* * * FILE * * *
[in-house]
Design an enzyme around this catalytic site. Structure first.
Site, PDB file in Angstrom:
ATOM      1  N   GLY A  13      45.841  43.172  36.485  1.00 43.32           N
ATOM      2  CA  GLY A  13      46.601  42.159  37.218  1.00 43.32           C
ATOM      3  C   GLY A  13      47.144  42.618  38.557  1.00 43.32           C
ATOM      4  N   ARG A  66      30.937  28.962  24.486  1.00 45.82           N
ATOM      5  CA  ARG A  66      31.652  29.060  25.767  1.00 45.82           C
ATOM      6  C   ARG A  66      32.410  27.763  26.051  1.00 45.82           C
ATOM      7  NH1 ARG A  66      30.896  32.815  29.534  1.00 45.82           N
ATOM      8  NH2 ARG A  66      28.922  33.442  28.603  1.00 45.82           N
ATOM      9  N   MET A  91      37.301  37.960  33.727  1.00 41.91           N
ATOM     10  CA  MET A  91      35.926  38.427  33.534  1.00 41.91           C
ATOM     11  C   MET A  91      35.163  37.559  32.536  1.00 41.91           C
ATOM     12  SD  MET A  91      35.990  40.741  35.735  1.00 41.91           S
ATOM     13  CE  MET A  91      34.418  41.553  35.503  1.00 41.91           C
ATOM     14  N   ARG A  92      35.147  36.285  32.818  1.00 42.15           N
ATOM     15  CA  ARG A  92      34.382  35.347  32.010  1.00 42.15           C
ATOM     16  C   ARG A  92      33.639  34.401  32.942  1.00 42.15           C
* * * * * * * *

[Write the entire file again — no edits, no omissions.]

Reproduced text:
[in-house]
Design an enzyme around this catalytic site. Structure first.
Site, PDB file in Angstrom:
ATOM      1  N   GLY A  13      45.841  43.172  36.485  1.00 43.32           N
ATOM      2  CA  GLY A  13      46.601  42.159  37.218  1.00 43.32           C
ATOM      3  C   GLY A  13      47.144  42.618  38.557  1.00 43.32           C
ATOM      4  N   ARG A  66      30.937  28.962  24.486  1.00 45.82           N
ATOM      5  CA  ARG A  66      31.652  29.060  25.767  1.00 45.82           C
ATOM      6  C   ARG A  66      32.410  27.763  26.051  1.00 45.82           C
ATOM      7  NH1 ARG A  66      30.896  32.815  29.534  1.00 45.82           N
ATOM      8  NH2 ARG A  66      28.922  33.442  28.603  1.00 45.82           N
ATOM      9  N   MET A  91      37.301  37.960  33.727  1.00 41.91           N
ATOM     10  CA  MET A  91      35.926  38.427  33.534  1.00 41.91           C
ATOM     11  C   MET A  91      35.163  37.559  32.536  1.00 41.91           C
ATOM     12  SD  MET A  91      35.990  40.741  35.735  1.00 41.91           S
ATOM     13  CE  MET A  91      34.418  41.553  35.503  1.00 41.91           C
ATOM     14  N   ARG A  92      35.147  36.285  32.818  1.00 42.15           N
ATOM     15  CA  ARG A  92      34.382  35.347  32.010  1.00 42.15           C
ATOM     16  C   ARG A  92      33.639  34.401  32.942  1.00 42.15           C